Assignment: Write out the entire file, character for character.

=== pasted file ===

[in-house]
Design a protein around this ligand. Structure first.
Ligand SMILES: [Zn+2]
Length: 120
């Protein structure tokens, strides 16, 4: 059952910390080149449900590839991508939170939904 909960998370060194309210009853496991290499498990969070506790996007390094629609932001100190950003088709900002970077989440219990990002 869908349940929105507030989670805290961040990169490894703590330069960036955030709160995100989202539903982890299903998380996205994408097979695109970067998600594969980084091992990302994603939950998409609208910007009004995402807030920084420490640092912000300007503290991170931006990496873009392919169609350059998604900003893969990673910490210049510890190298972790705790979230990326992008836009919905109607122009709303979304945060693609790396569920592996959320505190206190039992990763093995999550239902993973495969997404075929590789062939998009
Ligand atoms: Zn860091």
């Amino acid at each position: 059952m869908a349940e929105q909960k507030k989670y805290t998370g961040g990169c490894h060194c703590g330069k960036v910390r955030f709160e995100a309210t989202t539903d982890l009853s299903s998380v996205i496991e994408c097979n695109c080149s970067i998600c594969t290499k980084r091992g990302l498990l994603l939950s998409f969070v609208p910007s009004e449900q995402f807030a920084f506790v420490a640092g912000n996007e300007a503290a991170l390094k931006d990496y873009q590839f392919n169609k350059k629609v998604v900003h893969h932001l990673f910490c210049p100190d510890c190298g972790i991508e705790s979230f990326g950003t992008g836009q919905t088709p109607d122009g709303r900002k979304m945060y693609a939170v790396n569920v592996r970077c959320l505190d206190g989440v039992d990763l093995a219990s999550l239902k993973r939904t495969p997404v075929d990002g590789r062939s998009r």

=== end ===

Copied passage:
[in-house]
Design a protein around this ligand. Structure first.
Ligand SMILES: [Zn+2]
Length: 120
């Protein structure tokens, strides 16, 4: 059952910390080149449900590839991508939170939904 909960998370060194309210009853496991290499498990969070506790996007390094629609932001100190950003088709900002970077989440219990990002 869908349940929105507030989670805290961040990169490894703590330069960036955030709160995100989202539903982890299903998380996205994408097979695109970067998600594969980084091992990302994603939950998409609208910007009004995402807030920084420490640092912000300007503290991170931006990496873009392919169609350059998604900003893969990673910490210049510890190298972790705790979230990326992008836009919905109607122009709303979304945060693609790396569920592996959320505190206190039992990763093995999550239902993973495969997404075929590789062939998009
Ligand atoms: Zn860091």
């Amino acid at each position: 059952m869908a349940e929105q909960k507030k989670y805290t998370g961040g990169c490894h060194c703590g330069k960036v910390r955030f709160e995100a309210t989202t539903d982890l009853s299903s998380v996205i496991e994408c097979n695109c080149s970067i998600c594969t290499k980084r091992g990302l498990l994603l939950s998409f969070v609208p910007s009004e449900q995402f807030a920084f506790v420490a640092g912000n996007e300007a503290a991170l390094k931006d990496y873009q590839f392919n169609k350059k629609v998604v900003h893969h932001l990673f910490c210049p100190d510890c190298g972790i991508e705790s979230f990326g950003t992008g836009q919905t088709p109607d122009g709303r900002k979304m945060y693609a939170v790396n569920v592996r970077c959320l505190d206190g989440v039992d990763l093995a219990s999550l239902k993973r939904t495969p997404v075929d990002g590789r062939s998009r």